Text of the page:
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A Theoretical Growth Model for Ireland

  • Frank Barry

    (University College Dublin)

  • Michael B. Devereux

    (University of British Columbia, Canada)

Ireland is distinguished by the high degree of openness of its labour market and the importance of foreign direct investment (FDI) in the economy. We develop a neo-classical growth model to explore the consequence of these characteristics for the response of an economy to the kinds of shocks that are widely recognised to have been of importance in driving the Irish boom.

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File URL: http://www.esr.ie/Vol37_2/06_barry_devereux_article.pdf
File Function: First version, 2006
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Article provided by Economic and Social Studies in its journal Economic and Social Review.

Volume (Year): 37 (2006)
Issue (Month): 2 ()
Pages: 245-262

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Handle: RePEc:eso:journl:v:37:y:2006:i:2:p:245-262
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  1. Bertola, G. & Drazen, A., 1991. "Trigger Pointsand Budget Cuts ; Explaining the Effects of Fiscal Austerity," Papers 26-91, Tel Aviv.
  2. Frank Barry & Declan Curran, 2004. "Enlargement and the European Geography of the Information Technology Sector," Working Papers 200405, School of Economics, University College Dublin.
  3. Philip Lane & Gian Maria Milesi-Ferretti, 2001. "Long-Term Capital Movements," CEG Working Papers 20018, Trinity College Dublin, Department of Economics.
    • Philip R. Lane & Gian Maria Milesi-Ferretti, 2002. "Long-Term Capital Movements," NBER Chapters, in: NBER Macroeconomics Annual 2001, Volume 16, pages 73-136 National Bureau of Economic Research, Inc.
  4. Kristof Dascher, 2000. "Trade, FDI, and Congestion - The small and very open Economy," Working Papers 200009, School of Economics, University College Dublin.
  5. de la Fuente, Angel & Vives, Xavier, 1997. "The Sources of Irish Growth," CEPR Discussion Papers 1756, C.E.P.R. Discussion Papers.
  6. Krugman, Paul, 1979. "A Model of Innovation, Technology Transfer, and the World Distribution of Income," Journal of Political Economy, University of Chicago Press, vol. 87(2), pages 253-66, April.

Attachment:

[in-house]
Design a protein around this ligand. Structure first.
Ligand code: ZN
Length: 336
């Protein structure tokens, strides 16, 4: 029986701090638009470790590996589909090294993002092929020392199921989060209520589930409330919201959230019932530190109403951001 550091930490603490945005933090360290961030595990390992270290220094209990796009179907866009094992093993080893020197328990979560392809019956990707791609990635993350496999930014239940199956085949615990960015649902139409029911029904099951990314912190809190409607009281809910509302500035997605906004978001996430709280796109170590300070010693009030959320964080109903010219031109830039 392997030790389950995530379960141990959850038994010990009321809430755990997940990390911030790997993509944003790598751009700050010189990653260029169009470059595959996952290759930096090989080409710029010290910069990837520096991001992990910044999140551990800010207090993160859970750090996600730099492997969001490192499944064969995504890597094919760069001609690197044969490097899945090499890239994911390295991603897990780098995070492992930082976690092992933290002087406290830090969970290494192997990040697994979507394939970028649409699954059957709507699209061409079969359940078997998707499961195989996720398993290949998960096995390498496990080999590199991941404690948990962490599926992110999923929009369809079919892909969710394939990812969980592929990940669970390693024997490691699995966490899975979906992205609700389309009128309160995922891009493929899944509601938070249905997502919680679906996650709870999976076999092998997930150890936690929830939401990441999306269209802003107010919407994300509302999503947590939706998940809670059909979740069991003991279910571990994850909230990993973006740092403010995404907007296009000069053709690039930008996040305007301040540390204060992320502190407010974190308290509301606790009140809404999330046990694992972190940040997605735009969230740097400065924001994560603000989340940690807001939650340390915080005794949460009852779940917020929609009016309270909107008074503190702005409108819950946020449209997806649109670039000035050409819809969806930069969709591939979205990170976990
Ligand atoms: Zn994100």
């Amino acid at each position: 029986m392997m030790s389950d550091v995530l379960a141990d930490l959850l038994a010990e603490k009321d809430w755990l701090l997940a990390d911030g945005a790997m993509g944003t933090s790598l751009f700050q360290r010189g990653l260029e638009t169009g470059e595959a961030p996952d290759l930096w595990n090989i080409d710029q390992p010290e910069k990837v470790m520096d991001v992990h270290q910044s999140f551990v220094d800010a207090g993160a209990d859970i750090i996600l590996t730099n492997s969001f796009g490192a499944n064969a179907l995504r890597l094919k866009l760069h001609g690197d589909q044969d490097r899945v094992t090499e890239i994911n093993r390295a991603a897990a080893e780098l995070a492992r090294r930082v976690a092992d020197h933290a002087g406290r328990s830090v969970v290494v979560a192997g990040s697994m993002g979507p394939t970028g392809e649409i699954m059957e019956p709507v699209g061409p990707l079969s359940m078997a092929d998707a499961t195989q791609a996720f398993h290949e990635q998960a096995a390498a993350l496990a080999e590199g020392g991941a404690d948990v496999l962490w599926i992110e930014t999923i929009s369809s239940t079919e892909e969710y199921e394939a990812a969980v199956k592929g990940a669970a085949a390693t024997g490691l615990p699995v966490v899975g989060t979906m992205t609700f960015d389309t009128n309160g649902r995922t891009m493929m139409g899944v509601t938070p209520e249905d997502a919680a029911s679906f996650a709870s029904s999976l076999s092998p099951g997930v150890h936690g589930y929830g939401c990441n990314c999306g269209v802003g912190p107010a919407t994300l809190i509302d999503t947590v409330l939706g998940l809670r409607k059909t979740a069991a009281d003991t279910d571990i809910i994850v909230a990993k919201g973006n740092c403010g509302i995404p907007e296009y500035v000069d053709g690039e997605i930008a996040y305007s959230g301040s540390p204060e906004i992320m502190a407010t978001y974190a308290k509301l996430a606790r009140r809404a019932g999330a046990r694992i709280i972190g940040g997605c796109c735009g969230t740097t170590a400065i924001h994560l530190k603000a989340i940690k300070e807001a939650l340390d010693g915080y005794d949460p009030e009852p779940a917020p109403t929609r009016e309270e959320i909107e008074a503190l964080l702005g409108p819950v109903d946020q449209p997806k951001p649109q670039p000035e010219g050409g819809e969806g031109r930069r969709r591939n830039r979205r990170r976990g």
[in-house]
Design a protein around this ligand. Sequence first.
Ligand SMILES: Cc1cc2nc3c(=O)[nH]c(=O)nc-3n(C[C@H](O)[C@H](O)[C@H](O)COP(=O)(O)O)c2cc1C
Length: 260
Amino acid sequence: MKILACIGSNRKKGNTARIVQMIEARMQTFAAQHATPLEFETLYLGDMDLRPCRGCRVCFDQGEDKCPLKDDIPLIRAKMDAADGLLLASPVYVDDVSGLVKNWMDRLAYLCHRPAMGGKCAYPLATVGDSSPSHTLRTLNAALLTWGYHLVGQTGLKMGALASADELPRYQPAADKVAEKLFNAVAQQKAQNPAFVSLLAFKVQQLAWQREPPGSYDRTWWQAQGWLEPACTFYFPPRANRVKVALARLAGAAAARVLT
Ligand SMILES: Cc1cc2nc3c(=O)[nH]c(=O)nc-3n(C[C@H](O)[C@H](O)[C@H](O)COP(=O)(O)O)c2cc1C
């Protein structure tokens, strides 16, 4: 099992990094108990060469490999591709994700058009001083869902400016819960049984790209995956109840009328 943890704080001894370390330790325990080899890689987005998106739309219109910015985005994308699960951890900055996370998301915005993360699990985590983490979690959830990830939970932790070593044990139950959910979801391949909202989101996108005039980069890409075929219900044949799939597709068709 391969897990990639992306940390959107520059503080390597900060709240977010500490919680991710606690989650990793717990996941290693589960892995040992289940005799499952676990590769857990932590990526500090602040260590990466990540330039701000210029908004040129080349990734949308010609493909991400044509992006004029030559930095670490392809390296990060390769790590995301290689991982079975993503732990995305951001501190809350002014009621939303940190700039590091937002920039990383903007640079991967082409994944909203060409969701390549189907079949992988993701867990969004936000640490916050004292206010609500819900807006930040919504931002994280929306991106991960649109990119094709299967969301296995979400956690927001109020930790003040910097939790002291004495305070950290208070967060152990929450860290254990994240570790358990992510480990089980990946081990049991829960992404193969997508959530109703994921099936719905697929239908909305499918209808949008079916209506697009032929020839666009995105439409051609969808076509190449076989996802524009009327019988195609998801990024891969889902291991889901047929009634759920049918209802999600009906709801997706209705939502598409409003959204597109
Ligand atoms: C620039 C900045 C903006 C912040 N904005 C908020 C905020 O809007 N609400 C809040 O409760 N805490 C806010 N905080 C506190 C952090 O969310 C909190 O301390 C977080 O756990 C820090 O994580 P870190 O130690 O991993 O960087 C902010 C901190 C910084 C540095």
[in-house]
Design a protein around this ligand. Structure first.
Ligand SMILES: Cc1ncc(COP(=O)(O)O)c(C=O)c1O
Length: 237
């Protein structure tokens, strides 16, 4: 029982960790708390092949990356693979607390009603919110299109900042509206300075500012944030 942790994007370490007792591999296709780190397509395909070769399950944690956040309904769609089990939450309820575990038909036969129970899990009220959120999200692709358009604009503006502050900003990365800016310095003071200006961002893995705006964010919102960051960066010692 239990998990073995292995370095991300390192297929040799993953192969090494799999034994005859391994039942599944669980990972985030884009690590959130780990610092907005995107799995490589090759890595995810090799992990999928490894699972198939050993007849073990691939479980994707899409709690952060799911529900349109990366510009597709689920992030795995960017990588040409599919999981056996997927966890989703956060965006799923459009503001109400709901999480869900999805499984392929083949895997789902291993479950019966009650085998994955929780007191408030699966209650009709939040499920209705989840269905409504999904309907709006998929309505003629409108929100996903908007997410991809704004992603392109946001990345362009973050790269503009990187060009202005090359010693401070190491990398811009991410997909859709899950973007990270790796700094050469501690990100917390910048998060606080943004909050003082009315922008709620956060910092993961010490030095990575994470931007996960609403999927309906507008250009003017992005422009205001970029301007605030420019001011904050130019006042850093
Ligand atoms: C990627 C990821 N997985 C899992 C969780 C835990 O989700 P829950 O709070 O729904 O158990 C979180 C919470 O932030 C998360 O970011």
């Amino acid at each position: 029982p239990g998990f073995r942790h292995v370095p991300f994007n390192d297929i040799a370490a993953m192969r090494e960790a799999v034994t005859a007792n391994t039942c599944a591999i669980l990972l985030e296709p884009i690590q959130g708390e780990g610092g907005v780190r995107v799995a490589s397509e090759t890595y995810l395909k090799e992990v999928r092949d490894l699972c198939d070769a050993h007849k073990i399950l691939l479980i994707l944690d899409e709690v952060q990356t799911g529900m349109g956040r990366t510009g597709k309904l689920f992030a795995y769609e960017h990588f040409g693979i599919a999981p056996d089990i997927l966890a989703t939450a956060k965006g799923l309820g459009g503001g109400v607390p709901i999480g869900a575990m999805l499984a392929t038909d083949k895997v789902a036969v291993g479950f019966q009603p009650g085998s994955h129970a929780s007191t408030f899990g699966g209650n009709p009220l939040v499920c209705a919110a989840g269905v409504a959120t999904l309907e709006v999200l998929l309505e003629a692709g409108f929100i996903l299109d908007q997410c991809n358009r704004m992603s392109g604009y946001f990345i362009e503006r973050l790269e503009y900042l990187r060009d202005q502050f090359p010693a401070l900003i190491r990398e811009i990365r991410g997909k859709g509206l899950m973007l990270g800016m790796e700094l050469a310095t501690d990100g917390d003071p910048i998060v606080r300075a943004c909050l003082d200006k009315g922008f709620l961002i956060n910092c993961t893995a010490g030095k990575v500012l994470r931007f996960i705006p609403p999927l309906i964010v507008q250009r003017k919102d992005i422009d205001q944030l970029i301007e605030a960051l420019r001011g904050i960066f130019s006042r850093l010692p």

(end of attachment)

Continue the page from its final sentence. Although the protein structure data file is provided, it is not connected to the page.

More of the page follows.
7. Rainald Borck & Michael Pflüger, 2004. "Agglomeration and Tax Competition," Discussion Papers of DIW Berlin 408, DIW Berlin, German Institute for Economic Research.
  8. Bernanke, Ben S. & Gertler, Mark & Gilchrist, Simon, 1999. "The financial accelerator in a quantitative business cycle framework," Handbook of Macroeconomics, in: J. B. Taylor & M. Woodford (ed.), Handbook of Macroeconomics, edition 1, volume 1, chapter 21, pages 1341-1393 Elsevier.
  9. Frank Barry & Declan Curran, 2004. "Enlargement and the European Geography of the Information Technology Sector," The World Economy, Wiley Blackwell, vol. 27(6), pages 901-922, 06.
  10. Sutherland, Alan, 1995. "Fiscal Crises and Aggregate Demand: Can High Public Debt Reverse the Effects of Fiscal Policy?," CEPR Discussion Papers 1246, C.E.P.R. Discussion Papers.
  11. Patrick Honohan & Brendan Walsh, 2002. "Catching Up with the Leaders: The Irish Hare," Brookings Papers on Economic Activity, Economic Studies Program, The Brookings Institution, vol. 33(1), pages 1-78.
  12. Oswald, Andrew J, 1985. " The Economic Theory of Trade Unions: An Introductory Survey," Scandinavian Journal of Economics, Wiley Blackwell, vol. 87(2), pages 160-93.
  13. Barry, Frank, 2002. "FDI, Infrastructure and the Welfare Effects of Labour Migration," CEPR Discussion Papers 3380, C.E.P.R. Discussion Papers.
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